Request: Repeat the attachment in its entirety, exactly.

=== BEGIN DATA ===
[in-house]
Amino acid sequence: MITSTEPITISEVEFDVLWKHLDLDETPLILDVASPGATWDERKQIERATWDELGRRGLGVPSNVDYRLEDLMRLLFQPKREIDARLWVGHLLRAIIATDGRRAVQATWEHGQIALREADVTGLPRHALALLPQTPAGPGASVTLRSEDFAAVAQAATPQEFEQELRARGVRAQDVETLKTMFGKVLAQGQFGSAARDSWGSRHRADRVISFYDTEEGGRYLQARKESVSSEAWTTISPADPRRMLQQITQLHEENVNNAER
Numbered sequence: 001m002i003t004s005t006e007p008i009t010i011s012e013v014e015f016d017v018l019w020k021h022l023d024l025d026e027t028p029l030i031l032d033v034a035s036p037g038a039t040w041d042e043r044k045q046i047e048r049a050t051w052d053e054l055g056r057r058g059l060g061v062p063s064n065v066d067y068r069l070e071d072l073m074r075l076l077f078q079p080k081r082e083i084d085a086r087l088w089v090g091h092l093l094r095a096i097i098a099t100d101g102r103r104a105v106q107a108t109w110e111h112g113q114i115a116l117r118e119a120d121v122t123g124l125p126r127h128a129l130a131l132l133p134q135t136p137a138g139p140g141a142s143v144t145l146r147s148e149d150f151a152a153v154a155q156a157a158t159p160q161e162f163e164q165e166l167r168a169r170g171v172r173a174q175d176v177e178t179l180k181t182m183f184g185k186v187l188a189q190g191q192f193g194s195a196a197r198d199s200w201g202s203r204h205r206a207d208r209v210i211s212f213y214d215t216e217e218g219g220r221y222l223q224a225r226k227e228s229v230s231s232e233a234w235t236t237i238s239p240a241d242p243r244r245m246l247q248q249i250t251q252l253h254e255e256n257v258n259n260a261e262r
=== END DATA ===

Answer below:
[in-house]
Amino acid sequence: MITSTEPITISEVEFDVLWKHLDLDETPLILDVASPGATWDERKQIERATWDELGRRGLGVPSNVDYRLEDLMRLLFQPKREIDARLWVGHLLRAIIATDGRRAVQATWEHGQIALREADVTGLPRHALALLPQTPAGPGASVTLRSEDFAAVAQAATPQEFEQELRARGVRAQDVETLKTMFGKVLAQGQFGSAARDSWGSRHRADRVISFYDTEEGGRYLQARKESVSSEAWTTISPADPRRMLQQITQLHEENVNNAER
Numbered sequence: 001m002i003t004s005t006e007p008i009t010i011s012e013v014e015f016d017v018l019w020k021h022l023d024l025d026e027t028p029l030i031l032d033v034a035s036p037g038a039t040w041d042e043r044k045q046i047e048r049a050t051w052d053e054l055g056r057r058g059l060g061v062p063s064n065v066d067y068r069l070e071d072l073m074r075l076l077f078q079p080k081r082e083i084d085a086r087l088w089v090g091h092l093l094r095a096i097i098a099t100d101g102r103r104a105v106q107a108t109w110e111h112g113q114i115a116l117r118e119a120d121v122t123g124l125p126r127h128a129l130a131l132l133p134q135t136p137a138g139p140g141a142s143v144t145l146r147s148e149d150f151a152a153v154a155q156a157a158t159p160q161e162f163e164q165e166l167r168a169r170g171v172r173a174q175d176v177e178t179l180k181t182m183f184g185k186v187l188a189q190g191q192f193g194s195a196a197r198d199s200w201g202s203r204h205r206a207d208r209v210i211s212f213y214d215t216e217e218g219g220r221y222l223q224a225r226k227e228s229v230s231s232e233a234w235t236t237i238s239p240a241d242p243r244r245m246l247q248q249i250t251q252l253h254e255e256n257v258n259n260a261e262r